Modifying and adjusting hardware to meet fresh business needs mandates identifiable approaches and platforms that best suit workloads, compliance needs, security requirements, and budget constraints. This means that businesses need to take an evaluated approach and consider what processes are better suited online versus those that should be left on-premises.
That being said, in the early stages of IT modernization, most businesses opted for a hybrid approach that incorporated the use of both public and private clouds and on-site infrastructure.
IT infrastructure modernization is one of the biggest feats a business will take on and it’s a key step in delivering vital digital transformation initiatives. Upgrades to infrastructure are integral to adopting solutions that merge with the internet of things (IoT), artificial intelligence (AI), machine learning (ML), business process automation (BPA), robotic process automation (RPA), and edge computing.
The above-mentioned technologies help businesses to grow and expand their offerings, visibility, the value of data, and automation potential. This enables focused, data-driven decision-making to take place, which encourages businesses to venture into new, unexplored territory.
Everything you need to know about data center migration
One of the most talked-about topics when it comes to IT modernization is data center migration. Migration efforts can, and do, involve cloud adoption, but it’s also important to realize that traditional, on-premises storage can be replaced and rebuilt using better, more productive, and high-performing alternatives that enhance ongoing business objectives.
Some of these platforms include:
- Converged Infrastructure (CI) – A converged infrastructure is simply a system that allows storage, networks, and computation to take place in a single compressed system. When specific fractions of IT infrastructure are synthesized in this way, it enables the owners to streamline management processes and increase dexterity.
The use of converged infrastructure systems makes infrastructure more manageable and easier to scale. Converged infrastructure is also easier to repair than models that separate storage from vital networks and computers.
- Hyper-Converged Infrastructure (HCI) – Hyper-converged infrastructure works by merging multiple systems for efficiency, centralization, and scalability. The main difference between (CI) and (HCI) is that the latter is built and optimized for much smaller workloads that require less input.
- Conventional Data Centers – There may be any number of reasons why organizations want to keep valuable data on-premises. The main reasons tend to be security, safety, and protection. Keeping existing hardware up to date and efficient is the best way to secure valuable data and keep data breaches to a minimum. Regularly upgrading on-site hardware also enables businesses to run more efficient workloads and boost agility.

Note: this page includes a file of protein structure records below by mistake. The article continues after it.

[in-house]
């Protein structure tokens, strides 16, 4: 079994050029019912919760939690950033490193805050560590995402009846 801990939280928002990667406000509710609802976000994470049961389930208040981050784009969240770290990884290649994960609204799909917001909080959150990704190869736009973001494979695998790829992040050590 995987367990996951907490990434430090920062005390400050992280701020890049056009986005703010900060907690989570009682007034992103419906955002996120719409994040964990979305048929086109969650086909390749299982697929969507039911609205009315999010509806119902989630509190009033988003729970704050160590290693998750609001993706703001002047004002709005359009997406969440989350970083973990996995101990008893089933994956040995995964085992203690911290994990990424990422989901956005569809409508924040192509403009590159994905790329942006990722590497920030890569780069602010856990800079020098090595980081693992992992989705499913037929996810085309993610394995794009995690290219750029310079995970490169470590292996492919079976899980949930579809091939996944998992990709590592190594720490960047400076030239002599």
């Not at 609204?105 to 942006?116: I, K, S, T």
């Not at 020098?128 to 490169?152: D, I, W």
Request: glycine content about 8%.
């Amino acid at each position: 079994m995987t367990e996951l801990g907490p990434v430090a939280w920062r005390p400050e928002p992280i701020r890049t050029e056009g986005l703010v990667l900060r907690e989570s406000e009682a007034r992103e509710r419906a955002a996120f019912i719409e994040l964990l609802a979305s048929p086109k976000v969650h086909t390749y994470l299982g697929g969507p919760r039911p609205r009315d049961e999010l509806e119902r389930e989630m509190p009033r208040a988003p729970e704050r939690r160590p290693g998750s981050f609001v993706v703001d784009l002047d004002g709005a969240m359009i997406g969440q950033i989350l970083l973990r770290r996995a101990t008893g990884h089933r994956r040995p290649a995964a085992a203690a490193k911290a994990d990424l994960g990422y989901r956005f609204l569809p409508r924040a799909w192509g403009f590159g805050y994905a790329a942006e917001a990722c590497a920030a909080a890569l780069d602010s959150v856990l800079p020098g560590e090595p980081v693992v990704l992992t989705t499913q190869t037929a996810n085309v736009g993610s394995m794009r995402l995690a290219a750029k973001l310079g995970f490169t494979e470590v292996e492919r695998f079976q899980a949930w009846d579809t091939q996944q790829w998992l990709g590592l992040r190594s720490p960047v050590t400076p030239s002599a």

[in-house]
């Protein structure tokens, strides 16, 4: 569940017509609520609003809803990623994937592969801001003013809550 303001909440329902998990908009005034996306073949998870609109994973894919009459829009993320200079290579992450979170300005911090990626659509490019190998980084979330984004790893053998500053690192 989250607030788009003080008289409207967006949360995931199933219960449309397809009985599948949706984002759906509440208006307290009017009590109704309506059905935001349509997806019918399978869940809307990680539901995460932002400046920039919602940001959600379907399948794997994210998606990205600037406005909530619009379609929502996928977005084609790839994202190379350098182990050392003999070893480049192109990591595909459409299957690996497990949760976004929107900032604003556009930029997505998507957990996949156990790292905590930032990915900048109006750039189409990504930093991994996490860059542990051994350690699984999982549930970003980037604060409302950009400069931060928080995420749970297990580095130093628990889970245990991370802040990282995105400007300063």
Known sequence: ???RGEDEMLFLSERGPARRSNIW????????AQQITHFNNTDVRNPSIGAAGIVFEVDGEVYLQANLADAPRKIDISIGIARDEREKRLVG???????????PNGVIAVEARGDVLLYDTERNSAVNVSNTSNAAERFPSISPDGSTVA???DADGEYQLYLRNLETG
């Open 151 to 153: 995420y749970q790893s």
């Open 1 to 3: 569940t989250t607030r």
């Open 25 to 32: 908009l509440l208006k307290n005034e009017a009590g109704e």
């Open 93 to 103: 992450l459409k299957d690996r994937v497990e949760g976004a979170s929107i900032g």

The steps needed to facilitate successful data center modernization:
- Adopt a workload-first approach.
- Develop a manageable and logical strategy.
- Confirm stakeholders are kept in the loop with any potential upgrades.
- Have a contingency plan in place to minimize the impact of unforeseen circumstances or threats.
What is network modernization?
It’s not surprising that legacy enterprise networks lack the agility and dexterity to fulfill the needs of modern, fast-paced businesses. The ever-evolving landscape has an emphasis on digital-first processes and includes transitions to innovation-led solutions such as software-defined wide-area networks (SD-WAN).
However, these transitions can be difficult and time-consuming if connectivity solutions aren’t put in place to simplify and streamline your network environment.
Modern networks offer a whole host of benefits that include:
- Automated management and orchestration.
- Expanded visibility to bolster security.
- Stronger connections between distributed sites.
- Dependable access to applications that drive productivity.
The above benefits are particularly important for large organizations or businesses that are planning to adopt flexible or hybrid workforce approaches. Single location businesses have far fewer network needs than businesses that emphasize remote or hybrid working models.
Evaluating what needs to be modernized and to what capacity is a strategic business decision that should be approached cross-departmentally to gauge the most effective results.
What is application modernization?
It’s no secret that useful applications can help to establish, build, and solidify connections amongst both employee and customer bases. Increased engagement is wonderful, but it becomes more of a challenge when businesses try to maintain, support, and scale apps as they grow, age, and inevitably become defunct.
These management barriers lead to frustratingly low-quality user experiences that confound customer interactions and limit internal employee collaboration. This is particularly applicable to younger generations who have become accustomed to seamlessly integrated tech.